“I love Rosemarie,” Ainsley said, in the same flat unrepentant tone which she had used to discuss the dying cat. “But she’s going to get everyone in trouble.”

Russula died without making a sound, but Rosemarie, being a Paley, knew what death looked like on an animal. She knelt on the floor beside the pillow that the barn cat had appropriated as her own, and released, after a moment, a stifled little sob.

“Go out and check the snares,” was the first thing that Jane said to the older children, who stood in the doorway watching Rosemary look at the cat.

“There’s nothing,” Ainsley said, scowling. “We looked when we got home from school.”

“Look again.”

Ainsley sighed a disgusted pre-teenage sigh and went out, Devon following. Jane mentally tallied up the children’s absences. One last month, two in March—the school district would make trouble if they missed too much. But tomorrow would have to be another sick day, because Rosemarie was swaddling the dead cat in her tattered old blanket, sniffling, saying, “Can we have the wake now?”

“We can do that,” Jane said. “Of course. But don’t you want to keep your blanket?”

Rosemarie looked down at the cat, then shook her head.

“All right,” Jane said, fighting a ridiculous attachment to the ratty piece of cloth. None of her children had ever successfully attached to a stuffed animal or security blanket, but Jane mourned even the deaths of their second-tier toys. “Let me get him ready.” They would need a coffin, and a grave dug. She went out to the garage and scratched the old label—Devon’s toys—from a cardboard box so she could write the name Russula, her marker hanging in the air above a birthdate that she didn’t know and couldn’t write, because no one had cared about the barn cats back then. She took some small comfort in being able to note the date of death.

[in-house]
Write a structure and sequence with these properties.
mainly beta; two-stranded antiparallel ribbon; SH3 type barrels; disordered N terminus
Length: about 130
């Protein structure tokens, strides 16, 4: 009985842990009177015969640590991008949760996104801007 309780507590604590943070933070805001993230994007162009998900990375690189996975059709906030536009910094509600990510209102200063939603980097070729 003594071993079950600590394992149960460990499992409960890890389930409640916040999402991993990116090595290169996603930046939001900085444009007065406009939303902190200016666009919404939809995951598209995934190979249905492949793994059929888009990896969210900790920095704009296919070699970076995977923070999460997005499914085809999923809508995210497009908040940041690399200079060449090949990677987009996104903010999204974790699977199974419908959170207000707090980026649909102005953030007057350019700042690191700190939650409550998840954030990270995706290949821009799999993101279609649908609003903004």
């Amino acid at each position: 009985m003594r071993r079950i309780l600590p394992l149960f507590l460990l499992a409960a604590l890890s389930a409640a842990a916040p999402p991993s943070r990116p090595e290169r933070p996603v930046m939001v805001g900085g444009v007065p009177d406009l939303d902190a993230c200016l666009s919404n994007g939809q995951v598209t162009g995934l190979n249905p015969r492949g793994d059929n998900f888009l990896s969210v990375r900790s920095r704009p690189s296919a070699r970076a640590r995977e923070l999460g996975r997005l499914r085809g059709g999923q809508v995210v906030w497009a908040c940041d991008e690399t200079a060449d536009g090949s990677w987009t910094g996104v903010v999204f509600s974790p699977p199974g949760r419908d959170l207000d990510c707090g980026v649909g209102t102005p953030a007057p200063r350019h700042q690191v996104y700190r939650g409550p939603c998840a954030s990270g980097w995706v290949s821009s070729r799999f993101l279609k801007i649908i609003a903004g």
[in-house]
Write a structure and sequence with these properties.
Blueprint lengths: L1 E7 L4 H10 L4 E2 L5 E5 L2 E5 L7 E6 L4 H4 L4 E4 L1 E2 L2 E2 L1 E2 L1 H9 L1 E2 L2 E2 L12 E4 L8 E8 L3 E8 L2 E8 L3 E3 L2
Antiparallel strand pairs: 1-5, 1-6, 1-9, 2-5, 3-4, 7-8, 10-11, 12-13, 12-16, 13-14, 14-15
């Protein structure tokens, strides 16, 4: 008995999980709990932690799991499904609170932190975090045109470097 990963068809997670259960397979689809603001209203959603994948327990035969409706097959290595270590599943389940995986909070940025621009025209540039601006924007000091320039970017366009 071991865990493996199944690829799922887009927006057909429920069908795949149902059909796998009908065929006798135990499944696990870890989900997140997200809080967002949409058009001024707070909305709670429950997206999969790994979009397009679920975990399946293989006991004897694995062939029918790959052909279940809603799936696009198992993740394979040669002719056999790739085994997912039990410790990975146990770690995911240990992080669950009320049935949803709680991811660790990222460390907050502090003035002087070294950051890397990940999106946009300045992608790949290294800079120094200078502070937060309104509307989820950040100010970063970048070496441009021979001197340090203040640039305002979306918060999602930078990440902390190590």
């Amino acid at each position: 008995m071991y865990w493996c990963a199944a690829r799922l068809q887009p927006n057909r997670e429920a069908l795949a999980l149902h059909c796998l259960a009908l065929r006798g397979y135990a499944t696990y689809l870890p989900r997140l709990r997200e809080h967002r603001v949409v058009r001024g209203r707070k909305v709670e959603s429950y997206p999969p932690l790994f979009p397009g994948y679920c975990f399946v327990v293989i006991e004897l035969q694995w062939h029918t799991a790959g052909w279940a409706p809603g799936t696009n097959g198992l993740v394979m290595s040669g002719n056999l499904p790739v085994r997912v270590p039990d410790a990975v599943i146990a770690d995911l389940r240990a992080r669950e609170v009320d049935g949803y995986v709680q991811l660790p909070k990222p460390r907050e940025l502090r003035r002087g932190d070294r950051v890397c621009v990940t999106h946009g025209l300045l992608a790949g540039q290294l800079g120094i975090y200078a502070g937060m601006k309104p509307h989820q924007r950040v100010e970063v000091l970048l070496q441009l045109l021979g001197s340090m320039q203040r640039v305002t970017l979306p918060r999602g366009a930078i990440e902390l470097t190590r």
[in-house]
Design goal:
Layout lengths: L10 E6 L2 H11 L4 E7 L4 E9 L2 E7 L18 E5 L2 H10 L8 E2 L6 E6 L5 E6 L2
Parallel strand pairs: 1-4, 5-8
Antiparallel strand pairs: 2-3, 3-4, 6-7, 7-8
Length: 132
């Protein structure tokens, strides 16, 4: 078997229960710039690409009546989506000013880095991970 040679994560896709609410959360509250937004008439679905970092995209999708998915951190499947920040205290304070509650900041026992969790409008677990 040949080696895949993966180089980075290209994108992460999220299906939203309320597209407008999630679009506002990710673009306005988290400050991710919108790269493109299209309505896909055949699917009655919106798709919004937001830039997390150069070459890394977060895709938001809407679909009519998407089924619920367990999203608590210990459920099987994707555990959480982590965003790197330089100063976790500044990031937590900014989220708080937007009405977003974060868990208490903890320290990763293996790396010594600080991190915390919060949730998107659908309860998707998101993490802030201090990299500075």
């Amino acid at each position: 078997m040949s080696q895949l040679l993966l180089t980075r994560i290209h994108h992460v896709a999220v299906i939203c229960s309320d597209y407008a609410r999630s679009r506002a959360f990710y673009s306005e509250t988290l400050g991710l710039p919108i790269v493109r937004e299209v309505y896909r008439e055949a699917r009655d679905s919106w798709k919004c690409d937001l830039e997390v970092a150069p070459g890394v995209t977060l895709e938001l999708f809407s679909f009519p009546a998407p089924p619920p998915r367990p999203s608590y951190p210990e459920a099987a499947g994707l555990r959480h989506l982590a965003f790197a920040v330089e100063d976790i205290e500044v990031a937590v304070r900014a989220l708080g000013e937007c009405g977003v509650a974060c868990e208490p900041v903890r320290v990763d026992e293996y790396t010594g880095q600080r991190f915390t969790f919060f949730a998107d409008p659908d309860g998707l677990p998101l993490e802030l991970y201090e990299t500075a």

In the ferns at the back of the house, Jane dug a hole three feet deep, a foot across, eyeing the box periodically to check the size. She hadn’t buried an animal before. After Ainsley and Devon finished, there was never enough left. The scraps went into the compost, and the rest she scrubbed out of the cheap dishes that she’d bought just for nourishing. Jane was still digging, listening to the children’s footsteps loud and rough in the undergrowth as they returned from the snares, when a truck came rolling up the road. Jane didn’t recognize the car, but she knew the man who got out.

“Henry,” she said, dropping the shovel and wiping her muddy hands on her pants so that her husband’s cousin could shake her hand. She had not seen him in perhaps ten years. She had not even been certain she had his name right until he nodded.